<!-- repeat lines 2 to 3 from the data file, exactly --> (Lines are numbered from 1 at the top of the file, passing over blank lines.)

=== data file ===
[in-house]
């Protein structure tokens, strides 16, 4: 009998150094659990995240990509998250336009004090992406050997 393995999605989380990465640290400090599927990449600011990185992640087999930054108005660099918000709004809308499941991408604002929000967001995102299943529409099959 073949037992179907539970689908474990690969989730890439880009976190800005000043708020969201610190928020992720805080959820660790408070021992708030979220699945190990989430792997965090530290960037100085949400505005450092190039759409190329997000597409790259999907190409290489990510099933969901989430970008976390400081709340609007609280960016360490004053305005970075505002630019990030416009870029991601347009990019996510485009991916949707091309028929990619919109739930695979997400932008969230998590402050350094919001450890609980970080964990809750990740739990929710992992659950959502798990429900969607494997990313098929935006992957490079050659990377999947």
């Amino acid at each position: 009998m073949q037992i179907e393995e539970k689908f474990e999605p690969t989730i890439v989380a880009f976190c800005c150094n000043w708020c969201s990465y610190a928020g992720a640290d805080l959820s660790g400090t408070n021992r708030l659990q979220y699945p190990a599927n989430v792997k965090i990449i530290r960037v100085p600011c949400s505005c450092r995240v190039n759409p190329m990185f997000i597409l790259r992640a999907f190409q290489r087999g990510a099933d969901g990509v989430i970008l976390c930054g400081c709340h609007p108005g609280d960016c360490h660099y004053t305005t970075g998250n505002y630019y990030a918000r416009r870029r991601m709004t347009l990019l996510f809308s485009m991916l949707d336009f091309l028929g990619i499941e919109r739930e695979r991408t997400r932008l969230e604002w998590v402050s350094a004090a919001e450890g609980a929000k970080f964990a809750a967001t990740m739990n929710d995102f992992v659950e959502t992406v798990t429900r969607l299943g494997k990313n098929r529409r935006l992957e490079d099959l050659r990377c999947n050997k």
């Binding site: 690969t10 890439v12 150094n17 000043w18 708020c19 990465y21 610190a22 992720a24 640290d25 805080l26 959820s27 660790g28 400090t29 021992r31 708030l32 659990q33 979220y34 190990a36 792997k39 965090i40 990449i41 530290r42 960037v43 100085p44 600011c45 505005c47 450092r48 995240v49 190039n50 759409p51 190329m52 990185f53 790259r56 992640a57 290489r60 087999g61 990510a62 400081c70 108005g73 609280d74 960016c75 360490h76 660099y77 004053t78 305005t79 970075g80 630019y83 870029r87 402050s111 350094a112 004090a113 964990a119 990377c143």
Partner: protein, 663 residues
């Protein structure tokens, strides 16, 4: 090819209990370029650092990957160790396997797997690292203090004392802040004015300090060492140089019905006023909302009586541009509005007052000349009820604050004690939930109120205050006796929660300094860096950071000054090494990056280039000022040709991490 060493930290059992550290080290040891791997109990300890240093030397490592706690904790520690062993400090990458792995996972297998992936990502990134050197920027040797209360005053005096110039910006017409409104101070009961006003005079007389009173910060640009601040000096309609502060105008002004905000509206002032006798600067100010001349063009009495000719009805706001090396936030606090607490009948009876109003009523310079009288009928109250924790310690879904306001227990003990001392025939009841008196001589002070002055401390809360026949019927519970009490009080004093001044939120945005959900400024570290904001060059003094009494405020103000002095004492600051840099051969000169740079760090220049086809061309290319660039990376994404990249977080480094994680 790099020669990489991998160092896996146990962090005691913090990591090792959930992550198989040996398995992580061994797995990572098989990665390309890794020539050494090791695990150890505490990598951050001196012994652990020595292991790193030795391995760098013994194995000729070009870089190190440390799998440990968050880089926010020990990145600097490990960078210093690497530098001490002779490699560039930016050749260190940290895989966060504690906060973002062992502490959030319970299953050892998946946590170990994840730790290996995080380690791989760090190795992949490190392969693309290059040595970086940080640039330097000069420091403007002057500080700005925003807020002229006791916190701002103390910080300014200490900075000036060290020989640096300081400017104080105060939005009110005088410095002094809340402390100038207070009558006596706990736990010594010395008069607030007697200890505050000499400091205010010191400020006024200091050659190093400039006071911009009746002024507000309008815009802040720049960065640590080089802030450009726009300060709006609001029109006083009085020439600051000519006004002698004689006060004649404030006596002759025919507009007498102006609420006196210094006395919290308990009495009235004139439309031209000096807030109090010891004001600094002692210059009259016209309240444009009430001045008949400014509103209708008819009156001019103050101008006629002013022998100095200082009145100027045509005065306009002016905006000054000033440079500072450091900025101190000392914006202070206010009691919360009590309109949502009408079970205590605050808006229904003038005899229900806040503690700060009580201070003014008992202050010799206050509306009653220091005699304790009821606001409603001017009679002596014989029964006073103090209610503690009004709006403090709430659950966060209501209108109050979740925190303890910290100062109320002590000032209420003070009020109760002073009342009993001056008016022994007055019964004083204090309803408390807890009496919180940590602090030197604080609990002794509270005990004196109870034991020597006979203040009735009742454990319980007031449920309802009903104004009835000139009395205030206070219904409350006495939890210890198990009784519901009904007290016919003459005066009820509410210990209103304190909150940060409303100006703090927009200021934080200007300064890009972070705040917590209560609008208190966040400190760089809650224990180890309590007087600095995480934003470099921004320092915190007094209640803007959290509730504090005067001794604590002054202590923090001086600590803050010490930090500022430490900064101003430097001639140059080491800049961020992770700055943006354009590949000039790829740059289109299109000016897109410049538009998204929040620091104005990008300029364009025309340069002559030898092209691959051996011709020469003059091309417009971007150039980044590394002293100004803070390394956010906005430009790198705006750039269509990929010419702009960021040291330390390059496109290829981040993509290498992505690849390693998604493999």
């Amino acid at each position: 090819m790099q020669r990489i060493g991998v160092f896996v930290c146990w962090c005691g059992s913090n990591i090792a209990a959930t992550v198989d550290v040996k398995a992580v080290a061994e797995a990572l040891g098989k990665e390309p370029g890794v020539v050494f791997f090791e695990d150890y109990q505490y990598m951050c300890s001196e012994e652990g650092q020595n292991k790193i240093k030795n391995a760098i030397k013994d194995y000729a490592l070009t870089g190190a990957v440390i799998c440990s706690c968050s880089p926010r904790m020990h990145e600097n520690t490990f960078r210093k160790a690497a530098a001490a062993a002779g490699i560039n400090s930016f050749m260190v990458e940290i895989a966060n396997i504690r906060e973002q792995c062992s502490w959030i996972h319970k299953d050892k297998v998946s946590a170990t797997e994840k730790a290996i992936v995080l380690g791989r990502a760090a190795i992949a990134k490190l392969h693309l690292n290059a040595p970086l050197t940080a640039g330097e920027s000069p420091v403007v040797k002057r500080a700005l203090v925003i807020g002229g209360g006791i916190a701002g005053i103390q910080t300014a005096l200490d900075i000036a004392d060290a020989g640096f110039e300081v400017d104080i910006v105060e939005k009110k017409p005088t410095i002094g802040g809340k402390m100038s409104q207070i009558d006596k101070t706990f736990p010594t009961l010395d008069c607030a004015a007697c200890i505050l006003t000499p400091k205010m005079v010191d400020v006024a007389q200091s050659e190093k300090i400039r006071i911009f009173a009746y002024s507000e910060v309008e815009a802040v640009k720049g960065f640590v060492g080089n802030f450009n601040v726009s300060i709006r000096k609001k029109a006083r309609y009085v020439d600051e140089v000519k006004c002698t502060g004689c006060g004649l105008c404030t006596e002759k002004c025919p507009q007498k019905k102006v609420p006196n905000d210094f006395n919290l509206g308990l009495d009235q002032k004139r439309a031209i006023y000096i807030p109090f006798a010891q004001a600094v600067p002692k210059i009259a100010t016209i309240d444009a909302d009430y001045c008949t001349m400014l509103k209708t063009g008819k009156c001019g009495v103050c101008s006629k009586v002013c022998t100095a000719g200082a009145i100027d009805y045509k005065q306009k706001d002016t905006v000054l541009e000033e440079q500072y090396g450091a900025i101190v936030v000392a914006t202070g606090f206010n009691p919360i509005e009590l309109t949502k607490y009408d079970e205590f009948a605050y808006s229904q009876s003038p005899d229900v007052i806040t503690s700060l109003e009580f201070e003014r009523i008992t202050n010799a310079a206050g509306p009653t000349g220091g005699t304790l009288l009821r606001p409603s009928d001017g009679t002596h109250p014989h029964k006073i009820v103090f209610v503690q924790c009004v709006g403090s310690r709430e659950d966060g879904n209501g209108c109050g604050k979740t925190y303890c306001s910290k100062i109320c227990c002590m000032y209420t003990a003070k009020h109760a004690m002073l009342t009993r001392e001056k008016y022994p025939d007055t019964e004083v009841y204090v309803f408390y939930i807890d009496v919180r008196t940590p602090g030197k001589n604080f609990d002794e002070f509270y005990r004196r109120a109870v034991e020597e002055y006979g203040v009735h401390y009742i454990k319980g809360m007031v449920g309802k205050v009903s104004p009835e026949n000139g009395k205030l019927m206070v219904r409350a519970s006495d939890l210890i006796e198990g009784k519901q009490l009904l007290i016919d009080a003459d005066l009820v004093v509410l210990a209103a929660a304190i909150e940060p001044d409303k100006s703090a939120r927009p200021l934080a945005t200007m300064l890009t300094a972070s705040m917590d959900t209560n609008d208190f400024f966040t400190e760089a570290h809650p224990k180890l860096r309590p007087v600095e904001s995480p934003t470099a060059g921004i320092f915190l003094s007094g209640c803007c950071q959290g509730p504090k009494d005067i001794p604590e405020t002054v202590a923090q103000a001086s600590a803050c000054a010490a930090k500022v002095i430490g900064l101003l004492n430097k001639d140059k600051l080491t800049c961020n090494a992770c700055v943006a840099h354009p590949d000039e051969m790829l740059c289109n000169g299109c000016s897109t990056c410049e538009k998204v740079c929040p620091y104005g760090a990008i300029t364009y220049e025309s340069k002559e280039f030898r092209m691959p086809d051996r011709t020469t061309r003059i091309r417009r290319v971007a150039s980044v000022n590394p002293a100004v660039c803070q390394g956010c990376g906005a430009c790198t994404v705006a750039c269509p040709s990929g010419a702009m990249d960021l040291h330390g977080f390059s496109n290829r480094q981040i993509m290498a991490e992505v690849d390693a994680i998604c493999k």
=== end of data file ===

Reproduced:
């Protein structure tokens, strides 16, 4: 009998150094659990995240990509998250336009004090992406050997 393995999605989380990465640290400090599927990449600011990185992640087999930054108005660099918000709004809308499941991408604002929000967001995102299943529409099959 073949037992179907539970689908474990690969989730890439880009976190800005000043708020969201610190928020992720805080959820660790408070021992708030979220699945190990989430792997965090530290960037100085949400505005450092190039759409190329997000597409790259999907190409290489990510099933969901989430970008976390400081709340609007609280960016360490004053305005970075505002630019990030416009870029991601347009990019996510485009991916949707091309028929990619919109739930695979997400932008969230998590402050350094919001450890609980970080964990809750990740739990929710992992659950959502798990429900969607494997990313098929935006992957490079050659990377999947």
């Amino acid at each position: 009998m073949q037992i179907e393995e539970k689908f474990e999605p690969t989730i890439v989380a880009f976190c800005c150094n000043w708020c969201s990465y610190a928020g992720a640290d805080l959820s660790g400090t408070n021992r708030l659990q979220y699945p190990a599927n989430v792997k965090i990449i530290r960037v100085p600011c949400s505005c450092r995240v190039n759409p190329m990185f997000i597409l790259r992640a999907f190409q290489r087999g990510a099933d969901g990509v989430i970008l976390c930054g400081c709340h609007p108005g609280d960016c360490h660099y004053t305005t970075g998250n505002y630019y990030a918000r416009r870029r991601m709004t347009l990019l996510f809308s485009m991916l949707d336009f091309l028929g990619i499941e919109r739930e695979r991408t997400r932008l969230e604002w998590v402050s350094a004090a919001e450890g609980a929000k970080f964990a809750a967001t990740m739990n929710d995102f992992v659950e959502t992406v798990t429900r969607l299943g494997k990313n098929r529409r935006l992957e490079d099959l050659r990377c999947n050997k």